Wagner's comment drew a response from another star player who has been absent due to an ongoing contract dispute. Steelers running back Le'Veon Bell, who hasn't reported to the team this season, replied to a post on Instagram that featured Wagner's quote by writing: "smh exactly...get right bro bro @earl! I'll continue to be the bad guy for ALL of us."

After intercepting his second and third passes of the season in Seattle's win over the Dallas Cowboys last week, Thomas told reporters that he had sat out practice the week before in an attempt to protect himself as he continues to seek a new deal. Thomas' absences in practice the Wednesday and Friday of that week were listed as non-injury related.

"I need to make sure my body is 100 [percent]," Thomas said after the win over Dallas. "I'm invested in myself. If they was invested in me, I would be out there practicing. But if I feel like anything -- I don't give a damn if it's small, I've got a headache -- I'm not practicing. But I don't want that to be taken the wrong way. I know I'm going to get fined. But that's just where I'm at with that."

But Carroll said this week that the Seahawks and Thomas were in a "good place" and that he wasn't concerned about any more drama with the safety. The coach reiterated that after Sunday's win.

"That's why it's so bittersweet," Carroll said. "We had just turned things around and everything was going in a really positive direction and all of that, so it breaks my heart that we're talking about this right now."

The injury to Thomas came in the same building where Seattle has experienced plenty of misfortune of late, even though they're now 5-0-1 in regular-season games there since 2013. The Cardinals' home stadium -- now called State Farm Stadium -- is where the Seahawks lost Super Bowl XLIX and also where Richard Sherman and Kam Chancellor suffered serious injuries last season. Chancellor's injury will apparently prevent him from playing again, while Sherman's effectively ended his career in Seattle.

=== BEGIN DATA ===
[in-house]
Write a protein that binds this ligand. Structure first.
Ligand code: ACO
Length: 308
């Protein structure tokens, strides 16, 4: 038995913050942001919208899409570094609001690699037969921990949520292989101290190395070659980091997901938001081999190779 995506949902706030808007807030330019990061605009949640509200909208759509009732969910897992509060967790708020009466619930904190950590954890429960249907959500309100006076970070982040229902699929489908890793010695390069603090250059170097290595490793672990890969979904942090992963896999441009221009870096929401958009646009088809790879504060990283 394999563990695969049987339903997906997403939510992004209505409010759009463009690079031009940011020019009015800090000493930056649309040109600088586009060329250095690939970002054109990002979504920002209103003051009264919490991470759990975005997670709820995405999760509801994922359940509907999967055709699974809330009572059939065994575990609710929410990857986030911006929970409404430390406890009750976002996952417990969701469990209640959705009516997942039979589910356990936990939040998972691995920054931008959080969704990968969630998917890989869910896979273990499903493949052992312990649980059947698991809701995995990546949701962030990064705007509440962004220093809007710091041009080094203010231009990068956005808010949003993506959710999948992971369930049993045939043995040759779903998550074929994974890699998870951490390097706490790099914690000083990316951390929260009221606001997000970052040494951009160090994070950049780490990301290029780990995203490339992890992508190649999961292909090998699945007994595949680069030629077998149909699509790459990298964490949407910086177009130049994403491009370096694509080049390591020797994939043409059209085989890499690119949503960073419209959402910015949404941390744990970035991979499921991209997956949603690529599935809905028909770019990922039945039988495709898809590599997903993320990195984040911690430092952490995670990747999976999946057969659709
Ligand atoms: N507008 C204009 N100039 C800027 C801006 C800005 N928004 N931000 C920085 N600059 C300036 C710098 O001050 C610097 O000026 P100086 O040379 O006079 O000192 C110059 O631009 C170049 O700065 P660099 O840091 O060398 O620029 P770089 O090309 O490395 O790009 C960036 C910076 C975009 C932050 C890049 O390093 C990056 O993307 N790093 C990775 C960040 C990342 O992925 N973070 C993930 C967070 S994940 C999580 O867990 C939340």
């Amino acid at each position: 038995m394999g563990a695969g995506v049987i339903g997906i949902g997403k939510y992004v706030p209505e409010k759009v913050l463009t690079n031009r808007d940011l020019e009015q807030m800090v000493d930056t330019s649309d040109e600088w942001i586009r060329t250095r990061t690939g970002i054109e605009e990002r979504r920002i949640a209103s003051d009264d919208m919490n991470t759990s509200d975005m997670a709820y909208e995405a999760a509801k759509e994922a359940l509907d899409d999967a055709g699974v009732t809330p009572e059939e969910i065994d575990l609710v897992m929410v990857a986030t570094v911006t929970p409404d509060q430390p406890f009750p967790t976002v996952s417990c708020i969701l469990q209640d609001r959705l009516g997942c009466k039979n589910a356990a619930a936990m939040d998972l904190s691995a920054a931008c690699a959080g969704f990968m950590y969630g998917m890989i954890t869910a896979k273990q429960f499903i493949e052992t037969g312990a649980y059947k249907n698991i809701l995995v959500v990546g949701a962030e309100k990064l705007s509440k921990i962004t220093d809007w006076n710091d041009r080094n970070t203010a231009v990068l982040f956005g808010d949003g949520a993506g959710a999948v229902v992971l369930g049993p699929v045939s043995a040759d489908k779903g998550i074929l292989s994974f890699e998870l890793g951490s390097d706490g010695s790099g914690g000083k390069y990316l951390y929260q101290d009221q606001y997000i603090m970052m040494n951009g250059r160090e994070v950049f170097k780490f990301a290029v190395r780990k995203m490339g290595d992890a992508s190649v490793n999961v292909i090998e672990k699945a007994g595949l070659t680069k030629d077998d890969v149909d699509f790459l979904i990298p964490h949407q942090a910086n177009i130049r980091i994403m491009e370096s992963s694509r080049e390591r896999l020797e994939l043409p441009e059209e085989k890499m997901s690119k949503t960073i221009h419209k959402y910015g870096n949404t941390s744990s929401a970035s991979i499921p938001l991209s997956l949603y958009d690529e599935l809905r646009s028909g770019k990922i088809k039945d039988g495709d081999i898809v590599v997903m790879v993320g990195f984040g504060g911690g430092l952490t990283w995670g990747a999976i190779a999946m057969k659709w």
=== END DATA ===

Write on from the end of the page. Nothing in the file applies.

When asked if he thinks this will be Thomas' last game with the Seahawks, Carroll said, "I don't know. I hope not. I'm not counting on that. I hope not. One thing he does know, he knows how to deal with this. He got through it and he came back unbelievably good."

Wagner said he didn't think anything of Thomas' gesture and referenced how his teammate floated the idea of retirement after his 2016 broken leg while making the point that players sometimes act emotionally.

"I think we play a very, very emotional game, and I think sometimes you've got to allow people to have their emotions, have their feelings," Wagner said. "Last time he got hurt like this, he retired, and obviously he didn't retire. So you've got to let guys have their emotions. I don't think nothing of it. I think he has a long road ahead of him if it's the injury that he suspects. We're going to have his back and we're going to support him and we're going to be here for him."

Added defensive end Frank Clark: "At the end of the day, that's why you ask for certain things. Earl wanted an extension and stuff like that, and at the end of the day he didn't get that. It sucks. It sucks to see a guy who, like I said, puts his all into his team and he doesn't get what he deserves. I feel like at the end of the day, we've got to pick up the slack. Earl's going to be OK eventually. We've got other guys who can fill in that position and do the best they can. We're going to just keep on going, keep the show going."

But Clark also described Thomas as irreplaceable.

"Yeah, we got the W," he said, "but I feel like we was the losers at the end of the day because we lost a Hall of Fame player, we lost a player who you can't replace."